The Most Fascinating Libraries of the World 04 – Heidelberg University Library

I visited a friend’s blog one day and I was literary blown over by a picture of one of the most fascinating libraries around – Trinity College Library in Dublin, Ireland. It also gave me an idea of a series of posts about the best, the most beautiful, the strangest and the biggest libraries there are. The libraries that can make you drool, where you would be able to spend an indefinite period of time without noticing, where you would like to live and die till the end of the world (if they only served coffee and cake that is). Perhaps you can’t visit them all but what is the Internet for? I’ll try to illustrate my posts as well as it is only possible, providing, I hope, a nice tour for every visitor around. Enjoy!

Heidelberg University Library

Germany´s oldest university library is considered to be one of the best scientific libraries of Germany. She dates back to the 14th century, to the year of the foundation of the Heidelberg University in 1386. The latest university ranking gave her rank two just behind the state library of Goettingen. With more than 1.6 million book lendings and about two million visitors per year the Heidelberg University is even top of the ranking.

The man responsible for   the library’s first major extension was Elector Ottheinrich, an avid bibliophile – and the extension itself lasted from1556 to 1559. He donated his Castle library to the university and with this laid the foundation-stone of the Bibliotheca Palatina, which was supplemented by the extensive library of Ulrich Fugger. The Biblioteca Palatina quickly attained world fame as “scholarly Germany´s most precious treasure” and became the most important library north of the Alps.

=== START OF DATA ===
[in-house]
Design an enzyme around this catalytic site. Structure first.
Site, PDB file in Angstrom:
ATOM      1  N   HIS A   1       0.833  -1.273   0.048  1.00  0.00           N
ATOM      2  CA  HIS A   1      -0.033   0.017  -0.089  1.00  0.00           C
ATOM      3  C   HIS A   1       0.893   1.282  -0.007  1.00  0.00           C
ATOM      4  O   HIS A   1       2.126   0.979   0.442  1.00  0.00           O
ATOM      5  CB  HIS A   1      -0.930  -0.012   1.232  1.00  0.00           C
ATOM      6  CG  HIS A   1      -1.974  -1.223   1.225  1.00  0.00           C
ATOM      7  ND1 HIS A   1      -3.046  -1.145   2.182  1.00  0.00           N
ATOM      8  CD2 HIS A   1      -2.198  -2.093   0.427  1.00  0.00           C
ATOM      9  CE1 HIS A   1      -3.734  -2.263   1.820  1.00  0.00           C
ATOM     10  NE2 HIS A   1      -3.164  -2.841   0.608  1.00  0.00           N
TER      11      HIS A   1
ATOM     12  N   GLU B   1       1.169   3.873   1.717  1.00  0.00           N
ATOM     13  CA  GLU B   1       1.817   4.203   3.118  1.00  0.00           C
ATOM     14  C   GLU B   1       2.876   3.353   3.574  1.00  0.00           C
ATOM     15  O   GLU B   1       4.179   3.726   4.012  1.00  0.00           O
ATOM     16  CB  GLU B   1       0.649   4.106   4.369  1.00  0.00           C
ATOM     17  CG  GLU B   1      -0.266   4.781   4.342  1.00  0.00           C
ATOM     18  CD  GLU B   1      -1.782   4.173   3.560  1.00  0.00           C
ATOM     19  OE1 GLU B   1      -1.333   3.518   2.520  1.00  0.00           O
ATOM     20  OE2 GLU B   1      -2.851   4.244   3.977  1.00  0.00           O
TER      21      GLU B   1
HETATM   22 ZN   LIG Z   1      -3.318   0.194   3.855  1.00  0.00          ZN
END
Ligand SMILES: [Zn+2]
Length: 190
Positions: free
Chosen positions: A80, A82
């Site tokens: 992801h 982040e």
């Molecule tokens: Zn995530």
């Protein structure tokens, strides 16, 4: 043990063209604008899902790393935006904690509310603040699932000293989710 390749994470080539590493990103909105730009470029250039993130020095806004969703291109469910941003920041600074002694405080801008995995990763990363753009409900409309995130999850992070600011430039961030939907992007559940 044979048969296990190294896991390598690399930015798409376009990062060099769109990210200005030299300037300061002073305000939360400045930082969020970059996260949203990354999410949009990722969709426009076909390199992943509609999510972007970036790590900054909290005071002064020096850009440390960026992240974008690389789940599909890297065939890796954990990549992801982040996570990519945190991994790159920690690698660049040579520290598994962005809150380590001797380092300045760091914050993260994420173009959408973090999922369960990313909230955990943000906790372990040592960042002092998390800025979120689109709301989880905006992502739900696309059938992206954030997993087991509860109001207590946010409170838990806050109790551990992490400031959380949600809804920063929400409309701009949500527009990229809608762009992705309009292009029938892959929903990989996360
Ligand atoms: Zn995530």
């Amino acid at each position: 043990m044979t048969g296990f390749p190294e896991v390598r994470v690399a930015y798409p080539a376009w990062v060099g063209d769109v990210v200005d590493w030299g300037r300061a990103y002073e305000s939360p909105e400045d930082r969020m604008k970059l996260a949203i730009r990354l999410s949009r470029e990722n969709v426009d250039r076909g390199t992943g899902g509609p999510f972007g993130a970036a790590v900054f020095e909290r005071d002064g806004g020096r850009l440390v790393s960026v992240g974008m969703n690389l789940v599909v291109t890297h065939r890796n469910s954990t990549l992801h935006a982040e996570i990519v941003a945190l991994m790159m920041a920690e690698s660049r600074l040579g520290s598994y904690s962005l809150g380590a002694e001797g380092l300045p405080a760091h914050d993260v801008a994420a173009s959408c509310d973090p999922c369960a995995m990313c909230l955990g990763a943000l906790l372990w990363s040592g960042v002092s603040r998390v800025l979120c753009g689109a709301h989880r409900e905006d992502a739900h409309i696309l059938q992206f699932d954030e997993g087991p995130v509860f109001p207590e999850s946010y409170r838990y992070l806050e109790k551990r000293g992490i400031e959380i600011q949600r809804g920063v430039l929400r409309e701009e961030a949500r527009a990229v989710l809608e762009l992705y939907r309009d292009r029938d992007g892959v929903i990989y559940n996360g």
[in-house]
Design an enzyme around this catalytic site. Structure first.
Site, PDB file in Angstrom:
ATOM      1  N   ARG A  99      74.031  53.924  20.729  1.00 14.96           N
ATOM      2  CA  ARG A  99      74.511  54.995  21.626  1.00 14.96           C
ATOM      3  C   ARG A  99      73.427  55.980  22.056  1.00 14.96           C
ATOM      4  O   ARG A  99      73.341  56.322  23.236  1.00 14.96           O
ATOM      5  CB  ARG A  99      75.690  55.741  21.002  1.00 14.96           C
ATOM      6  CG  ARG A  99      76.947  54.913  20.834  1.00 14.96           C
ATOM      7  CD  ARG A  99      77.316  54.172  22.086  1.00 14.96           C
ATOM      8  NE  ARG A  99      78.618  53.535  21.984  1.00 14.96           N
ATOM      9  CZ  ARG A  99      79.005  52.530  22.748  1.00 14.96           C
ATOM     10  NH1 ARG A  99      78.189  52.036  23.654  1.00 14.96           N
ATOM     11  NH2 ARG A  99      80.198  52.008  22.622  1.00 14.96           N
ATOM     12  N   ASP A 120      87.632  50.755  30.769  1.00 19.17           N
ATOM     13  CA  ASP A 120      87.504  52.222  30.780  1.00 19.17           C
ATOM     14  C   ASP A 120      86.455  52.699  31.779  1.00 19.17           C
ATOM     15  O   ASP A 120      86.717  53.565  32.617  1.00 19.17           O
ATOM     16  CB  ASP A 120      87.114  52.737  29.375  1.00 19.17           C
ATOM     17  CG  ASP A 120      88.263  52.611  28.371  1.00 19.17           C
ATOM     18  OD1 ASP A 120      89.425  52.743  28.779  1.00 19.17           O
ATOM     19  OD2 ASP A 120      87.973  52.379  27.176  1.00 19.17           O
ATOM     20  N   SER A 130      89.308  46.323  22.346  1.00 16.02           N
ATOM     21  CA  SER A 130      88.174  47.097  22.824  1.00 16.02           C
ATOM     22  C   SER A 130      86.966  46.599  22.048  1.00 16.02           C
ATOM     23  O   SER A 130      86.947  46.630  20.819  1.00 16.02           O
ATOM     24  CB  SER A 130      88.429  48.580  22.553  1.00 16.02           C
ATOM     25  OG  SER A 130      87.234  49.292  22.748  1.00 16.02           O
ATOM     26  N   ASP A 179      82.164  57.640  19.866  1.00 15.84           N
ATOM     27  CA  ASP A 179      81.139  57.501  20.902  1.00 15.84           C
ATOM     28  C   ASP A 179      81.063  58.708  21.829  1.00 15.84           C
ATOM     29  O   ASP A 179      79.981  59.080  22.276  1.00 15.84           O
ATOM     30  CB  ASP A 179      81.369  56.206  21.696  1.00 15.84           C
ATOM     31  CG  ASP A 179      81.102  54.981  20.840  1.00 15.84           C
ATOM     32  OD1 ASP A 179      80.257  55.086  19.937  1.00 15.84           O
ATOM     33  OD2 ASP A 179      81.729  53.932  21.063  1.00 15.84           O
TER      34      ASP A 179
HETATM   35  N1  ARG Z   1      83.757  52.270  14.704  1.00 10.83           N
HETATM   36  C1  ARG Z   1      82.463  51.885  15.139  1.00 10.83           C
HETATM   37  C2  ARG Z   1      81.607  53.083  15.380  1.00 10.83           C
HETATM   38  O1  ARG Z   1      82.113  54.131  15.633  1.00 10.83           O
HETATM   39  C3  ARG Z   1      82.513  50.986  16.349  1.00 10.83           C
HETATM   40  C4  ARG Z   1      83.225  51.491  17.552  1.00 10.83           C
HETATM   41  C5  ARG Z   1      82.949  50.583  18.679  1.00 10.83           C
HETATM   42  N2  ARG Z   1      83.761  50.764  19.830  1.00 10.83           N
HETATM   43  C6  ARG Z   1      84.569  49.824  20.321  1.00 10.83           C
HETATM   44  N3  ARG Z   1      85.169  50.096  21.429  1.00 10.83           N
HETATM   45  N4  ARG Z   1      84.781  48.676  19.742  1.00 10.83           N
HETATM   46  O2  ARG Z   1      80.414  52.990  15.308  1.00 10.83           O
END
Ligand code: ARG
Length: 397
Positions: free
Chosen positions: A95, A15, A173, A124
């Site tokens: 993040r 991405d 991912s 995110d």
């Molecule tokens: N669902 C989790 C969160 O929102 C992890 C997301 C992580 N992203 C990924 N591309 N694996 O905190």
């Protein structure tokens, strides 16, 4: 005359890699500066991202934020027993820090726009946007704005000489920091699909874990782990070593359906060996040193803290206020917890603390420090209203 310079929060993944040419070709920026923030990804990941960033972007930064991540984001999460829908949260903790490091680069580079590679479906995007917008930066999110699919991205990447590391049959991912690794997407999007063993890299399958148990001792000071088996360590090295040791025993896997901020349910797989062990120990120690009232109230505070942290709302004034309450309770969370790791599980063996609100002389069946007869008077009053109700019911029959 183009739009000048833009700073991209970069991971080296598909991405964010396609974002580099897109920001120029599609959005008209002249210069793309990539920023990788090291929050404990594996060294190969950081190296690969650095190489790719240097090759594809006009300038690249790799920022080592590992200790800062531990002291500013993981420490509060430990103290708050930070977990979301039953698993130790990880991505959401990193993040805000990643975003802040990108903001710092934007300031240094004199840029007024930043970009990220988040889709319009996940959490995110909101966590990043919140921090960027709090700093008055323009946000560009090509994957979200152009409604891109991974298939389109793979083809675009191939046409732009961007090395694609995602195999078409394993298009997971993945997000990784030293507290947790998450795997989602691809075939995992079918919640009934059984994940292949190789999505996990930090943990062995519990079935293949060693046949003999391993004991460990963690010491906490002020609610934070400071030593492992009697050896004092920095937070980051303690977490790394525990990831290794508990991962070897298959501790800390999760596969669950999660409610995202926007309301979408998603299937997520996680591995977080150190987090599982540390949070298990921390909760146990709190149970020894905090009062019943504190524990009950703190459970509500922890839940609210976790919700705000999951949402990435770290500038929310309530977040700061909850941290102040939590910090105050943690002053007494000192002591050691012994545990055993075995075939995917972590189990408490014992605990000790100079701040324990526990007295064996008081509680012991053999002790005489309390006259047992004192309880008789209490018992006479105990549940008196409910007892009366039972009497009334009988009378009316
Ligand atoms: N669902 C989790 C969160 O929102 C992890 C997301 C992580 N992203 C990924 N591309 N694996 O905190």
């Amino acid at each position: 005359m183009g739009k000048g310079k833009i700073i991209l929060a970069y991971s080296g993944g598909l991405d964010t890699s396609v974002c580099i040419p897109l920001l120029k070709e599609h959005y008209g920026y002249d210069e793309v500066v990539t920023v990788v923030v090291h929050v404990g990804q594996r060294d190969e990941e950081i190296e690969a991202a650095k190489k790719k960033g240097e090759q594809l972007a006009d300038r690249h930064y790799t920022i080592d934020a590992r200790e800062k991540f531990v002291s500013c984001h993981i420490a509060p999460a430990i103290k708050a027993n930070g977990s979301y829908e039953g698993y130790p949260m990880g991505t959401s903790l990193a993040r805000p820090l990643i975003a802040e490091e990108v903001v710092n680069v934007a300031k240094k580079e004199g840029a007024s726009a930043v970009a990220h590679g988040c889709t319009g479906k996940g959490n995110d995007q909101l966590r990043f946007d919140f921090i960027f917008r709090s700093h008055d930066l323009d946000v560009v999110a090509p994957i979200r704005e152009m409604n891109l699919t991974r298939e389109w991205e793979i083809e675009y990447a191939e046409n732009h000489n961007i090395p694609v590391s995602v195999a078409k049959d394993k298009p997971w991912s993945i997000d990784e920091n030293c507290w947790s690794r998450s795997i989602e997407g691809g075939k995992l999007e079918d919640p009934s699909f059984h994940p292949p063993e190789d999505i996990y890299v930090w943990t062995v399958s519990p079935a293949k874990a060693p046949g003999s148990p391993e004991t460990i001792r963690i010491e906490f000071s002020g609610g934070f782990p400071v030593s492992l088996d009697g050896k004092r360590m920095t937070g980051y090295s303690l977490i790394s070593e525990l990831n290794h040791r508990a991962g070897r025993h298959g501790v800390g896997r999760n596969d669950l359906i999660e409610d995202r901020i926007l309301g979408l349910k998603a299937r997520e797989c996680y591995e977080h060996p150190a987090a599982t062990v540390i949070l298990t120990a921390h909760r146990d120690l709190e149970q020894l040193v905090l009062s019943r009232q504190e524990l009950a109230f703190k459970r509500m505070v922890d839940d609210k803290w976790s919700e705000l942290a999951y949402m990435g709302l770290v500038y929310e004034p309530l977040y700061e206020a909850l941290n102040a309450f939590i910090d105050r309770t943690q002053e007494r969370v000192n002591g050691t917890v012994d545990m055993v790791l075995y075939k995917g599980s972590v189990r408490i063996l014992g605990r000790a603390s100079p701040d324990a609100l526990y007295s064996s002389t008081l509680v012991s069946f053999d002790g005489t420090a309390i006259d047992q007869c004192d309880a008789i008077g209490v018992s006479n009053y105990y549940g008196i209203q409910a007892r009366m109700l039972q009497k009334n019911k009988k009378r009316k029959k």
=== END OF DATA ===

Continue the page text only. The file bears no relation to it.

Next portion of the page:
Nowadays the Heidelberg University Library comprises of 6.02 million volumes. It possesses a collection of 6 600 manuscripts of the 9th to 17th century, going back to the foundation year of the Heidelberg University in 1386. The highlight among the manuscripts is the Codex Manesse, the “big Heidelberg song manuscript”, which originates between the years 1300 and 1340 and is the most voluminous collection of Middle High German poetry, the work of 140 poets. Page-size miniatures are devoted to 137 medieval bards.

Yes, they’ve digitalized some of those nice Egyptian papyri as well! In full colour!


Enhanced by Zemanta
This entry was posted in libraries of the world. Bookmark the permalink.